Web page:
It has a population of about 13 million people, and almost 90 percent is Islamic.

In Mali, polygamy is considered one of the most popular forms of marriage.

Although, Bamako, one of the largest cities, is still behind in their marital practices, they are still trying to modernize an underdeveloped African city.

Men are not willing to submit to monogamy, according to Whitehouse. Almost 30 percent of men end up in polygamist marriages. Almost half of all women live in polygamous marriages, making Mali one of the countries with the highest polygamy rates in the world.

A Muslim ruling allows a man to have up to four wives, which strengthens traditional Malian polygamy.

There are still young women who are looking to a different lifestyle, Whitehouse said. They are focusing more on their academic life and actually seeking out true love. Even the age of a married woman has increased dramatically, going from early teenage years to young adult.

Even though men and women are waiting longer, they are still desperate to be in relationships. Unfortunately, infidelity is still rampant throughout the community. So the question at hand is whether polygamy is an impractical form of marriage in a chaotic society such as Bamako.

"Unfortunately," Whitehouse said, "single women are destabilizing."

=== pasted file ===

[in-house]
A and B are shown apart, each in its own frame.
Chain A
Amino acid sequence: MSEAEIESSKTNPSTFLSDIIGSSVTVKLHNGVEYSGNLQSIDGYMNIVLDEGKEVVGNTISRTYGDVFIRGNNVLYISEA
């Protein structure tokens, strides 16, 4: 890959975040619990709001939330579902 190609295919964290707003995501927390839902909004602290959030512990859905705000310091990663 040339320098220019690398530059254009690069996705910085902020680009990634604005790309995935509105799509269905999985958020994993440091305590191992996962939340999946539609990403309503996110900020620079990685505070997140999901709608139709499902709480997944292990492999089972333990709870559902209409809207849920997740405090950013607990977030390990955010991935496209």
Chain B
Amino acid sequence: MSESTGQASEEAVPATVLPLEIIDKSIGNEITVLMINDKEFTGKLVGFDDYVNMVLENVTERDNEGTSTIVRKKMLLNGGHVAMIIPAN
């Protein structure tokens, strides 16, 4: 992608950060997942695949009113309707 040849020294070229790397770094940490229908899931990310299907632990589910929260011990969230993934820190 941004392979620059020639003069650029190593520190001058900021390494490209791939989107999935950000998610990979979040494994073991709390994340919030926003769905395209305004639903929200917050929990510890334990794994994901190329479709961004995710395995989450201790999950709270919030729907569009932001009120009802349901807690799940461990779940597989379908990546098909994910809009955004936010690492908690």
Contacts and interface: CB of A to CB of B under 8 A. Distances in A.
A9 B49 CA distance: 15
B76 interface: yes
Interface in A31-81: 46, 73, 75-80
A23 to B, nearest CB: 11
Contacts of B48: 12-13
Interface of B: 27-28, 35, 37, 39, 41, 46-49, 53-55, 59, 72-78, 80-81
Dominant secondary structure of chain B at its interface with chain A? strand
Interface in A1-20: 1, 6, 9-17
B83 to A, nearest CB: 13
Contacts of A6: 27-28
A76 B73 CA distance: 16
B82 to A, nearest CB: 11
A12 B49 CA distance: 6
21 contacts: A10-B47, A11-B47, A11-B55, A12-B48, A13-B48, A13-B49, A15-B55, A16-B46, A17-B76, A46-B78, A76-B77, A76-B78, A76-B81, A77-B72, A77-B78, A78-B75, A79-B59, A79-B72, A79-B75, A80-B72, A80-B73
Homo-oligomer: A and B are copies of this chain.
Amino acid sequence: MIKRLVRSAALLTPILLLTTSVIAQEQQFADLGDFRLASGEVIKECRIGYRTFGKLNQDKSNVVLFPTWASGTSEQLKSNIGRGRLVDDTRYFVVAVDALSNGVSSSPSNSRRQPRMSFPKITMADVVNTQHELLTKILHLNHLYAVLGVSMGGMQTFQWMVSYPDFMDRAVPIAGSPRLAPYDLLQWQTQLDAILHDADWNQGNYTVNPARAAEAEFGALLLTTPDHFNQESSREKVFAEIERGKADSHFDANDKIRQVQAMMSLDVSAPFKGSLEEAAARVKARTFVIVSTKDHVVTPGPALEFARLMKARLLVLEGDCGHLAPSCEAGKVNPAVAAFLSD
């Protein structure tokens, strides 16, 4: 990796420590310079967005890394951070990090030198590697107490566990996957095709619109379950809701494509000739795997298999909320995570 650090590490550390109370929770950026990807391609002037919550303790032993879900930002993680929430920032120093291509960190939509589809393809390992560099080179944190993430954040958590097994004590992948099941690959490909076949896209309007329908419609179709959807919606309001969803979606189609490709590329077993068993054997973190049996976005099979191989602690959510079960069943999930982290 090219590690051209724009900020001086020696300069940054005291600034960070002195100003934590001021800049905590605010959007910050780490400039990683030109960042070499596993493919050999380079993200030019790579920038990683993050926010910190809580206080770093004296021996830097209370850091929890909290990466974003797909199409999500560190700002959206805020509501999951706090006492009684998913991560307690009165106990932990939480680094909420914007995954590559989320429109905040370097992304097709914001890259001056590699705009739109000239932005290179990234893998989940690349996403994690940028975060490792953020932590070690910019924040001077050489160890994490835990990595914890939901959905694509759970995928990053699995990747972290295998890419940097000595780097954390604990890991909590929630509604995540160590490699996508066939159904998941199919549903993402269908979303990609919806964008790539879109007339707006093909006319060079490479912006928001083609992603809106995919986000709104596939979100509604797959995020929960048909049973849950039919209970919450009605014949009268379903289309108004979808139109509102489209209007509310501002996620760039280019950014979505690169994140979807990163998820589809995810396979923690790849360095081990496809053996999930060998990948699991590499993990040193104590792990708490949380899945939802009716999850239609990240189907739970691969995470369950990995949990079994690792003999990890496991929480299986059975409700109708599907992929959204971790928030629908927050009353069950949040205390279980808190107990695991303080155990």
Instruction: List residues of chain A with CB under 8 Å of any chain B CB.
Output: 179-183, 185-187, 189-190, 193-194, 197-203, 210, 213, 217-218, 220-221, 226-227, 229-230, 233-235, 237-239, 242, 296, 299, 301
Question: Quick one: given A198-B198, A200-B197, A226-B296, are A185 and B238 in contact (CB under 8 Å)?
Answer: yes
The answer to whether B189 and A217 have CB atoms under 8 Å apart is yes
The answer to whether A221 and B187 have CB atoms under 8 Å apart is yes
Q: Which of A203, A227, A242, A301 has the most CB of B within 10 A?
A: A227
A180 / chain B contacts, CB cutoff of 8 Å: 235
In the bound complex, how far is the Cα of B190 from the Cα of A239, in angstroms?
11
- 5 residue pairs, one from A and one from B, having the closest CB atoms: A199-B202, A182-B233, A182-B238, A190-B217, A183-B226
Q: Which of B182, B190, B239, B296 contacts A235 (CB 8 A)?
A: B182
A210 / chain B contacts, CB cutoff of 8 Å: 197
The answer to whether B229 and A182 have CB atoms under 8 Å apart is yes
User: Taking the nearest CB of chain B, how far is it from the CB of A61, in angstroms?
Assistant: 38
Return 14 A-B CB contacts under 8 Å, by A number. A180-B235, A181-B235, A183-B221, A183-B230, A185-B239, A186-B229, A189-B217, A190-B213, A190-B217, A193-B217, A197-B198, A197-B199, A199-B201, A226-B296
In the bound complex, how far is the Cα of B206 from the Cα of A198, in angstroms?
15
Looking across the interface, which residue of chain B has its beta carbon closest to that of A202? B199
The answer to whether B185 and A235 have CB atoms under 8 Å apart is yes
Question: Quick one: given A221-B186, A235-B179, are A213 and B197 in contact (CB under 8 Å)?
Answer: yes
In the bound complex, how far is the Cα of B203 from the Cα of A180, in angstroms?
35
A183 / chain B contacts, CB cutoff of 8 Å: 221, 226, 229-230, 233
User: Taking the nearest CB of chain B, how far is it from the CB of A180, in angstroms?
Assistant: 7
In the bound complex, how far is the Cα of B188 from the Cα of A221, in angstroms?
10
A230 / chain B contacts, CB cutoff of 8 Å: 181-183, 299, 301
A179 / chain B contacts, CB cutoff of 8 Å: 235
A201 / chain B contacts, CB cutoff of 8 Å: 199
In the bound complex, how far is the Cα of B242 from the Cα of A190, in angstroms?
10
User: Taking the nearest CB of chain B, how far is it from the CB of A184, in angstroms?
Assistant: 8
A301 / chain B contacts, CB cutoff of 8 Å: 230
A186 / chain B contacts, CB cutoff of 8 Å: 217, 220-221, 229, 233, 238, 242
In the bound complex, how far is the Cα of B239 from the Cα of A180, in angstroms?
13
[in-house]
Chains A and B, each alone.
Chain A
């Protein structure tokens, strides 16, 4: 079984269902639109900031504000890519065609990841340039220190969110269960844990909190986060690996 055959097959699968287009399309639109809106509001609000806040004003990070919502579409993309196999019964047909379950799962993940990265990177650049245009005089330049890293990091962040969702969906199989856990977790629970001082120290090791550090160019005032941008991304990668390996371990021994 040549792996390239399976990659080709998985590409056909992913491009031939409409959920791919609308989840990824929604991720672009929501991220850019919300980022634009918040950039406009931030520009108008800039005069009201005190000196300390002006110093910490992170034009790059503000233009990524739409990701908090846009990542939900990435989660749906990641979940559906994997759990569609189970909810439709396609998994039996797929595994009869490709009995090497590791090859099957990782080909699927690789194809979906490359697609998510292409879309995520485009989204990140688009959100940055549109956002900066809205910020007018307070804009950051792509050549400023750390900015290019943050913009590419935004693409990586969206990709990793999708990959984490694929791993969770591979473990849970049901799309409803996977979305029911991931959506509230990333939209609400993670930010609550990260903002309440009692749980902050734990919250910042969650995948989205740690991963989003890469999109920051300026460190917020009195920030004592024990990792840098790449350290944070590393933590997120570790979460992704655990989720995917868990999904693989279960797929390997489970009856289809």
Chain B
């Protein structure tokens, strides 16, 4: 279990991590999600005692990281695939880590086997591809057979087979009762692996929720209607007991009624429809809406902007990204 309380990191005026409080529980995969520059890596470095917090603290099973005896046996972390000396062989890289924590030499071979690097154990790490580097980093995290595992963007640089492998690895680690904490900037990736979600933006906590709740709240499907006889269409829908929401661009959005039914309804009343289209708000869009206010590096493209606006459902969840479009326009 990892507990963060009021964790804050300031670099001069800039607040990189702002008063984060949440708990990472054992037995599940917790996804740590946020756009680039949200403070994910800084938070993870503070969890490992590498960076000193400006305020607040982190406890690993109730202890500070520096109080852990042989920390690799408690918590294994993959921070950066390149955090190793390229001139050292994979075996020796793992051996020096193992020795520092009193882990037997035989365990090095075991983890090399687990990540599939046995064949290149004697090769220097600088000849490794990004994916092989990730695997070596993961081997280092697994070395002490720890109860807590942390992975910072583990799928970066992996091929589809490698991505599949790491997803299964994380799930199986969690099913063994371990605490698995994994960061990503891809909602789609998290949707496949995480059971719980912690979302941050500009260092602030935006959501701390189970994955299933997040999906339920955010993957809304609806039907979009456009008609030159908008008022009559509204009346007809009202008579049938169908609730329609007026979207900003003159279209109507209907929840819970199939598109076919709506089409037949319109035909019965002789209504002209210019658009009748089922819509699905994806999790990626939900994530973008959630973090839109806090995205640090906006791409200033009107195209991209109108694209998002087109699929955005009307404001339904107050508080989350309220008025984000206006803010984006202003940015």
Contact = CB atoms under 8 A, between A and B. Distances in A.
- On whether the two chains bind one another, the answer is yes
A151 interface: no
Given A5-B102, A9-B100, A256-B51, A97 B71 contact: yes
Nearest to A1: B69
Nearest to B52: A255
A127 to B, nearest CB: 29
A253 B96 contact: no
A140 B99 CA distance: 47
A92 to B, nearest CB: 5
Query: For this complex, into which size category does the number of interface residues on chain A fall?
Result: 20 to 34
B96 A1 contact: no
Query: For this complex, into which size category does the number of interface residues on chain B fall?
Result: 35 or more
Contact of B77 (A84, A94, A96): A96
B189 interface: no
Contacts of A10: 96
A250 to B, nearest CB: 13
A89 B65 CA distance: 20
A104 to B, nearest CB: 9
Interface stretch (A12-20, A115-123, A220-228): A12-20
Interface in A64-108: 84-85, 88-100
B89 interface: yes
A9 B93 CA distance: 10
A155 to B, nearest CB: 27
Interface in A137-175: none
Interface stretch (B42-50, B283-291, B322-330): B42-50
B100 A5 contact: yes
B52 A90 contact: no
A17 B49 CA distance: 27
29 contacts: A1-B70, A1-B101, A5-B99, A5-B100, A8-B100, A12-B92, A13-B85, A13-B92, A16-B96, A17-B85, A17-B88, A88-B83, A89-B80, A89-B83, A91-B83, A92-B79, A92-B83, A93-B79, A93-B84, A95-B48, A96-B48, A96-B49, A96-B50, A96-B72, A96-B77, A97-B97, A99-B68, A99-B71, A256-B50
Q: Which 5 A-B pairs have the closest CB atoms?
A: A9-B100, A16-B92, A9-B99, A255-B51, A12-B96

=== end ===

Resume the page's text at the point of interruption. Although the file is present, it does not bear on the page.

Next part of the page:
According to the interviews of young women conducted by Covarrubias and Steinberg, women responded that it was better to be involved in a polygamist relationship than none at all because there was less pressure on the man if he wants to take another wife.

"The white wedding symbolizes global modernity," Whitehouse said.

The traditional ideal of marriage is shifting. The people of Bamako are concentrating on bringing in more western ideals of marriage. For example, white gowns have become a necessary component to the wedding, which is certainly not a custom tradition of Mali.

"When asked where they learned about the Western weddings, the women said they got them from soap operas," Steinberg said. "There is a really high diversity of soap operas, so through limited exposure to western television they have adapted a similar mindset."

Both Whitehouse and the two students hope to continue their research on Mali's marital practices and want to recruit more students to help in the process.

The audience of students and professors reacted well to the two videos that were played and the question-and-answer forum following the speech.

"This speech was very inspiring," Stephanie Weinberg, '13 said. "As a political science major, the politics behind polygamist marriage is very intriguing, especially in an underdeveloped country like Mali."

She one-day hopes to either study aboard or is rewarded with an opportunity like this one.




Links to Related Topics (Tags):

Headlines: November, 2010; Peace Corps Mali; Directory of Mali RPCVs; Messages and Announcements for Mali RPCVs; Marriage; Anthropology





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Story Source: Brown and White

This story has been posted in the following forums: : Headlines; COS - Mali; Marriage; Anthropology